Stephanie Beck Borden of Love & Fluff Marshmallows

Stephanie Beck Borden founded Love & Fluff Marshmallows, and currently sells marshmallows in a variety of flavors at Findlay Market and the Mariemont Farmers Market.

How did you start your business?
Two-and-a-half years ago, I was looking for a new food gift idea for the holidays and signed up for one of those 100-day-until-Christmas countdown emails. Mostly, I ignored those emails, but one day I opened one. It had a recipe for peppermint marshmallows that struck me. I made the recipe and people went bananas. I’ve been making marshmallows for private orders and working with my friend Rachel [DesRochers], who owns Grateful Grahams, and I decided in May to create my own company.

What inspired you to launch?
About three years ago, I decided to take a break from my career as a community organizer to be more flexible and available to my family. I started helping Rachel by rolling dough for her as Grateful Grahams was getting off the ground. It was a process of being inspired by her, living her dream and watching her create flexibility for her family with this idea.

Why marshmallows?
They’re flexible—you can try anything. Right now, a hot food trend is savory and sweet—we see maple syrup and bacon in almost everything. I look around to see what people are enjoying and trying.

My most popular marshmallow right now is a lemon thyme marshmallow. I also ask friends and family what flavors they’d enjoy trying. For a fundraiser last year, I did a curry-flavored marshmallow because the theme for the fundraiser was “Out of India.” People loved them.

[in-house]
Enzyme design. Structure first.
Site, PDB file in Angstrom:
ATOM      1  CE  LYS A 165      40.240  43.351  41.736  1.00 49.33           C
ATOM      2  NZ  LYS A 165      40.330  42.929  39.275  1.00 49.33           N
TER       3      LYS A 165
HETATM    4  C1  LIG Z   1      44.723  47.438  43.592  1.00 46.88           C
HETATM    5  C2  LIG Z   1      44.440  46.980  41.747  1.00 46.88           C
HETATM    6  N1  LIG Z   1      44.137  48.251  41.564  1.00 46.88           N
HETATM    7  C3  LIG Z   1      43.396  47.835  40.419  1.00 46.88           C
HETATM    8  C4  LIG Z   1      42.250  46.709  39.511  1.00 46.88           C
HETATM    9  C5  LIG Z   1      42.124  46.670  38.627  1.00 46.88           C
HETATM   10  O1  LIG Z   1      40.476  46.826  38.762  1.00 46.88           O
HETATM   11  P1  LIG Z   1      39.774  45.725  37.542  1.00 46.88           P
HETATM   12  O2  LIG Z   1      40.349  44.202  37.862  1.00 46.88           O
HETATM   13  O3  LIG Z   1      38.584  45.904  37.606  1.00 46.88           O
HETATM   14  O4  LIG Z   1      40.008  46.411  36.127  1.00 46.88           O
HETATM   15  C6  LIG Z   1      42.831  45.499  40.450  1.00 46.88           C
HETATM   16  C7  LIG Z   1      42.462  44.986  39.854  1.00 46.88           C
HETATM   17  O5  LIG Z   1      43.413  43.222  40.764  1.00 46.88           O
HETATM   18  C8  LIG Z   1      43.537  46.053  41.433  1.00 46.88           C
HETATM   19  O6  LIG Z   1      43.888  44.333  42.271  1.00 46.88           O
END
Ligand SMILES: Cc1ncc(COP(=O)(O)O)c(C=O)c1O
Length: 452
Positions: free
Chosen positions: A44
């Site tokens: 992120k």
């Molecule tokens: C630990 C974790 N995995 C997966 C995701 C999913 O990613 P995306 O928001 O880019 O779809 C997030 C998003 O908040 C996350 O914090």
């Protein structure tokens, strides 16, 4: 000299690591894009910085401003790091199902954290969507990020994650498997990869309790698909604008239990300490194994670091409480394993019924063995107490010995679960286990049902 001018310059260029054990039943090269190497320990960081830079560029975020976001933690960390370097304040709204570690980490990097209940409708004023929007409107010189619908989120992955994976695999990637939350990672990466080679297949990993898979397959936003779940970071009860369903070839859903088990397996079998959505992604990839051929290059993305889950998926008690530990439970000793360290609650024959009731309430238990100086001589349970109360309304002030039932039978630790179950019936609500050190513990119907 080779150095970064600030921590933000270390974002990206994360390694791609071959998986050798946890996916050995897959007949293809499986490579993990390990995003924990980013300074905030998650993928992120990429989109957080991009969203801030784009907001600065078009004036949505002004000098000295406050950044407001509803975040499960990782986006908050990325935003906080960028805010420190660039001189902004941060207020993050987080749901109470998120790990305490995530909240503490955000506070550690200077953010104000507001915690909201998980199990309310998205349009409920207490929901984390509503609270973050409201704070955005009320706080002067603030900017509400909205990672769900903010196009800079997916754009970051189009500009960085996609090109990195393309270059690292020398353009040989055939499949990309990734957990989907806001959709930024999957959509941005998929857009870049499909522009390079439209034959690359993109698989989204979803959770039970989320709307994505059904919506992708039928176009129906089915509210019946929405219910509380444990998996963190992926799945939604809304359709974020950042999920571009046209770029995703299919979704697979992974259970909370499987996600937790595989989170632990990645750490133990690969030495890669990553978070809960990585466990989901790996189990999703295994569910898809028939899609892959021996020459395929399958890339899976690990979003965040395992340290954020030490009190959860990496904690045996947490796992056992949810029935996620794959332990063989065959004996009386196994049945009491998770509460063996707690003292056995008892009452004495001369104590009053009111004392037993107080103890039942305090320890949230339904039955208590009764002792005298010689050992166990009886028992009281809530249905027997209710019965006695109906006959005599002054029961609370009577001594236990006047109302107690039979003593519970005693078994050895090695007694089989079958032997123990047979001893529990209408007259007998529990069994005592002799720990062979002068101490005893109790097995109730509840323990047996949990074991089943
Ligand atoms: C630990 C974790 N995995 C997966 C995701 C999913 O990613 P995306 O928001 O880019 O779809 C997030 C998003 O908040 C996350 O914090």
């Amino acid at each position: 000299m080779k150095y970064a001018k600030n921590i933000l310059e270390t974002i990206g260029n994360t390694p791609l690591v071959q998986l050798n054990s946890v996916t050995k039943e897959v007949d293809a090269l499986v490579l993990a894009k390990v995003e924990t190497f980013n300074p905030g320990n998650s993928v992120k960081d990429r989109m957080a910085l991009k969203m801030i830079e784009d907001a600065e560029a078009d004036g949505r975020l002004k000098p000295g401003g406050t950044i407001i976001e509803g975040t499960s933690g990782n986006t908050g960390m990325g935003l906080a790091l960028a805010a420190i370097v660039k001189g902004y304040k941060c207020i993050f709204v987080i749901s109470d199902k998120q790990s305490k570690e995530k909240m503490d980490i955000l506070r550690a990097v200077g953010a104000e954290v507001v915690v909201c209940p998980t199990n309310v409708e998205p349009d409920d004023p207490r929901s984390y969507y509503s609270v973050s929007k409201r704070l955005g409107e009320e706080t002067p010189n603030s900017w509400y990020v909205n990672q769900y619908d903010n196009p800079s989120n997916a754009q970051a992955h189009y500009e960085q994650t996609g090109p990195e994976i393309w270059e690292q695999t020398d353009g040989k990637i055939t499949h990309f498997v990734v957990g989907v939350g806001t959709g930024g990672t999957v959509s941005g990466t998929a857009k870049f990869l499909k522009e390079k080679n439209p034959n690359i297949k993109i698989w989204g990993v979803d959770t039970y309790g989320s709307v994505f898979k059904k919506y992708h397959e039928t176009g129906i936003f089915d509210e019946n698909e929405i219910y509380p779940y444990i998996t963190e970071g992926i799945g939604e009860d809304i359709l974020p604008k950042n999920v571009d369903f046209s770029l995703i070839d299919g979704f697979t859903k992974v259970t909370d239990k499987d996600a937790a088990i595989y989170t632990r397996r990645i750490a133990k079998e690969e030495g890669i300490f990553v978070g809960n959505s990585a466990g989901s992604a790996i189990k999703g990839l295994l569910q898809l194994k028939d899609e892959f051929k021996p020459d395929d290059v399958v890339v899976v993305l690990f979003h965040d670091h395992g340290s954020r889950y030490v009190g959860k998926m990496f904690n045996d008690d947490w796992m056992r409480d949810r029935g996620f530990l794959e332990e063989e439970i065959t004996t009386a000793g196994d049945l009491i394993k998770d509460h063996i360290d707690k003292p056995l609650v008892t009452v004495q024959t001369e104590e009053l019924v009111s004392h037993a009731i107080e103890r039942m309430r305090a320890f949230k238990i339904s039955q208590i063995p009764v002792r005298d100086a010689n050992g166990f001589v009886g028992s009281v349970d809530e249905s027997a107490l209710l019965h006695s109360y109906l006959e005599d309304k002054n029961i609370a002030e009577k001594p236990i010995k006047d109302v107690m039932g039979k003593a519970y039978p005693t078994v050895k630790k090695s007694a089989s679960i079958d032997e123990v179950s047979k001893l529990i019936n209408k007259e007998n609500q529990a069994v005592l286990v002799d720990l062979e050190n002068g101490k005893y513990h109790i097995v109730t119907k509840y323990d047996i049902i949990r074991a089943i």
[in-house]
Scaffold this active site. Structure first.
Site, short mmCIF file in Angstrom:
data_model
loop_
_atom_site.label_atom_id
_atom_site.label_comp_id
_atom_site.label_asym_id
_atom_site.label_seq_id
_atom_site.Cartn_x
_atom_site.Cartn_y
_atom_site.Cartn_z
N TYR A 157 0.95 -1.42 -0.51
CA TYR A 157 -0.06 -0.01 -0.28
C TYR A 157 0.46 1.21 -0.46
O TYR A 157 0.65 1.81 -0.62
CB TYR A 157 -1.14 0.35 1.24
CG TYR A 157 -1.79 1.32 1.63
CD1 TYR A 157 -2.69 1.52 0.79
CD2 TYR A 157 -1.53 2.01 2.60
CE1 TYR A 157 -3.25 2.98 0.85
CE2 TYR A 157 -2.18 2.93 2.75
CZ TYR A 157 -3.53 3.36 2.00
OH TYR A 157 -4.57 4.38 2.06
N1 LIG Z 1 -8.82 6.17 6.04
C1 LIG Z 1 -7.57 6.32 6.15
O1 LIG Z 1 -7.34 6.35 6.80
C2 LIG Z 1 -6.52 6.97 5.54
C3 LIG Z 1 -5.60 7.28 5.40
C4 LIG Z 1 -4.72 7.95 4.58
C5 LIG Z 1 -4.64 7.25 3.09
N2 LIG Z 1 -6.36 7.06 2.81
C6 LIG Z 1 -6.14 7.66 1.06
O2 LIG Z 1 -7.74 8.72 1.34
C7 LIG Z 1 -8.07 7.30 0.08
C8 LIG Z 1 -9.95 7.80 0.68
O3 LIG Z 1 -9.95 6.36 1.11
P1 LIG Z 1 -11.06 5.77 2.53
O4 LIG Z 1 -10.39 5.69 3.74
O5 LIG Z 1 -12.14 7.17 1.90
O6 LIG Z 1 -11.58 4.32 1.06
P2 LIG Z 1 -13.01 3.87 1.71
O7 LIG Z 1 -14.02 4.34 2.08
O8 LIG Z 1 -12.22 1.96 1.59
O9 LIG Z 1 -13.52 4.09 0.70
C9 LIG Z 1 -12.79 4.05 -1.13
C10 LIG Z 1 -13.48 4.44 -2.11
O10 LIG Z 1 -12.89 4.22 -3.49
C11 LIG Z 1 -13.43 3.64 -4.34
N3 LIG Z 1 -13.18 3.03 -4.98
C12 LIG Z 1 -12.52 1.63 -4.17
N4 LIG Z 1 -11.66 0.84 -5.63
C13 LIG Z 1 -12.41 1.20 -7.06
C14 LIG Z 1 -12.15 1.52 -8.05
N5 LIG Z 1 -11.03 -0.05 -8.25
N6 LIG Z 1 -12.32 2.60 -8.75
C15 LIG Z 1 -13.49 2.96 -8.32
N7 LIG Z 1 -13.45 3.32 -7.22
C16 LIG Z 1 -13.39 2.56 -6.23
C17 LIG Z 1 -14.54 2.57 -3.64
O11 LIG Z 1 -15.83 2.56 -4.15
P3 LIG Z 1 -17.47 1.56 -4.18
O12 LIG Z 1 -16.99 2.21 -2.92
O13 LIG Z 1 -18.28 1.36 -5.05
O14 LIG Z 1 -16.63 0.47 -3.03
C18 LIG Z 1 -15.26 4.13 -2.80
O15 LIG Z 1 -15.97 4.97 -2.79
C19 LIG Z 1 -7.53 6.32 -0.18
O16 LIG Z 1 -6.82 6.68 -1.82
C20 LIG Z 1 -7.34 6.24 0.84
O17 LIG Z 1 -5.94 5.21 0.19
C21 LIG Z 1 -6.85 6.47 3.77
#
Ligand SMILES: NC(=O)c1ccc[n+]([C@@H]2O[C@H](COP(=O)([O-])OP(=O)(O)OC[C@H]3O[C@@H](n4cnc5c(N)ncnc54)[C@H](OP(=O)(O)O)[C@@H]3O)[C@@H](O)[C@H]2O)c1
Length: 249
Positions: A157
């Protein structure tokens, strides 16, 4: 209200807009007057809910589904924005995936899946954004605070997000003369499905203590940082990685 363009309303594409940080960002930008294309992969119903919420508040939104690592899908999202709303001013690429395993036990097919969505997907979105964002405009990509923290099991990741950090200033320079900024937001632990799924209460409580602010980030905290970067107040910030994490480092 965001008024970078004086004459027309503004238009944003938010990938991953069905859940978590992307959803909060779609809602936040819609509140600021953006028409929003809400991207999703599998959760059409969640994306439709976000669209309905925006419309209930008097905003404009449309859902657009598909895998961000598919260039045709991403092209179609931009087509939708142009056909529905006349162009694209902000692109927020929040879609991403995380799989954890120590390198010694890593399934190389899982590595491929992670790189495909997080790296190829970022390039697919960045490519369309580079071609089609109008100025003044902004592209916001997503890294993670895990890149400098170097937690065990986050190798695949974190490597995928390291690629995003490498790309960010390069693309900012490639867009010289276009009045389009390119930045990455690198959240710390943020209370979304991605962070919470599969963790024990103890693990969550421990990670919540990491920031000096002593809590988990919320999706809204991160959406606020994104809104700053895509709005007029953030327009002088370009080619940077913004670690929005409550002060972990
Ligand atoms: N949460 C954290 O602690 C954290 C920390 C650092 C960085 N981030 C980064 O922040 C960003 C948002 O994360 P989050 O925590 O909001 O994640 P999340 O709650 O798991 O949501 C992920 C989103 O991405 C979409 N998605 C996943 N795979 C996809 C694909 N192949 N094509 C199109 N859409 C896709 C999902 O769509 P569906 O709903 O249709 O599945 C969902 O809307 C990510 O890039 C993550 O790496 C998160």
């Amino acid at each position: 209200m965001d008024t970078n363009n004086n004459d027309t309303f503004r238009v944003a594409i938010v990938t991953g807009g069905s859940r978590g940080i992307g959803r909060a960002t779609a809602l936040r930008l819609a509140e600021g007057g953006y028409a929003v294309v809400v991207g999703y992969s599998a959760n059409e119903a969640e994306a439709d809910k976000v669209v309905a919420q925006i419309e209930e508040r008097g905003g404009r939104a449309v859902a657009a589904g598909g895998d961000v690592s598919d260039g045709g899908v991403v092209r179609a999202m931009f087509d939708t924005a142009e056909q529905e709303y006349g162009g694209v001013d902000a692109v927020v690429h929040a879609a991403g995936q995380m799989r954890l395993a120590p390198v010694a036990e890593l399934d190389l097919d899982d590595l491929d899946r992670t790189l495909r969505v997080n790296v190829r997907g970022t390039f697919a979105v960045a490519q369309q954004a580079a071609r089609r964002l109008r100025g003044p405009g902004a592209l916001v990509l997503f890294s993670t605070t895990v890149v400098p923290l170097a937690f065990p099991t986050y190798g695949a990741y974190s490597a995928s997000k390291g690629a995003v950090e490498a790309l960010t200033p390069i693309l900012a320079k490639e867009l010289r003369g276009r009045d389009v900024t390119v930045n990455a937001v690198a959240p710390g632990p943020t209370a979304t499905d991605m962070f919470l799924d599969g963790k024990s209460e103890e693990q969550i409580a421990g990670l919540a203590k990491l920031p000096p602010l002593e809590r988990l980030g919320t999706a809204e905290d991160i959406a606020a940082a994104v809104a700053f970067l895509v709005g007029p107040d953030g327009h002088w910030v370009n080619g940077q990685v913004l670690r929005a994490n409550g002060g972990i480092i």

What does your production schedule look like?
We’re starting to push the boundaries of that right now. [Making marshmallows] isn’t the only thing that I do, but it’s great because I can do it in bite-sized chunks. I can get up before the kids are up and do a few batches in an hour. I can take another bite out in the afternoon or in the evening.

For many different candy-making processes, it’s hard to start and finish in one setting. With marshmallows, you make them, you do the cooking and whipping, they cure for a while and then you package them. It’s a fragmented process that works well when you have children.

What do you wish everyone knew about marshmallows?
I encounter a lot of people who don’t like the texture of marshmallows, but a handmade marshmallow is not even close to what you’d buy in a plastic bag in the grocery store. It can almost melt in your mouth; it’s not a “sproingy” hockey puck. It’s soft and bursting with flavor.

What’s next for Love & Fluff?
We’ll be looking at wholesaling to grocery stores and coffee shops once we find and move into a new space. But I haven’t nailed anything down yet.

What have you learned along the way?
I’m in the process of learning which flavors people are interested in—and not interested in. The markets are helping me sort that out, and that’s been fun. This week, I’m going to roll out chai marshmallows, and I’ll be incorporating some spices from local farms this fall. Still, I’m being careful not to overwhelm people with too many choices. 

You were once a community organizer. How do those skills help you now?
Doing community organizing is about being relational and being able to talk to people. That helps me at markets and as I begin teaching at grocery stores and coffee shops. I learned how to approach people and to cultivate relationships outside of a personal context. Oh, and wicked multitasking.

Where did your company name come from?
For me, the love piece really comes from wanting people to have more love and joy in their lives. We all work hard and are busy. Marshmallows are fun, and encourage us to take a moment, relax, sit around the fire or the table and just be with people we enjoy being with.

Interview by Robin Donovan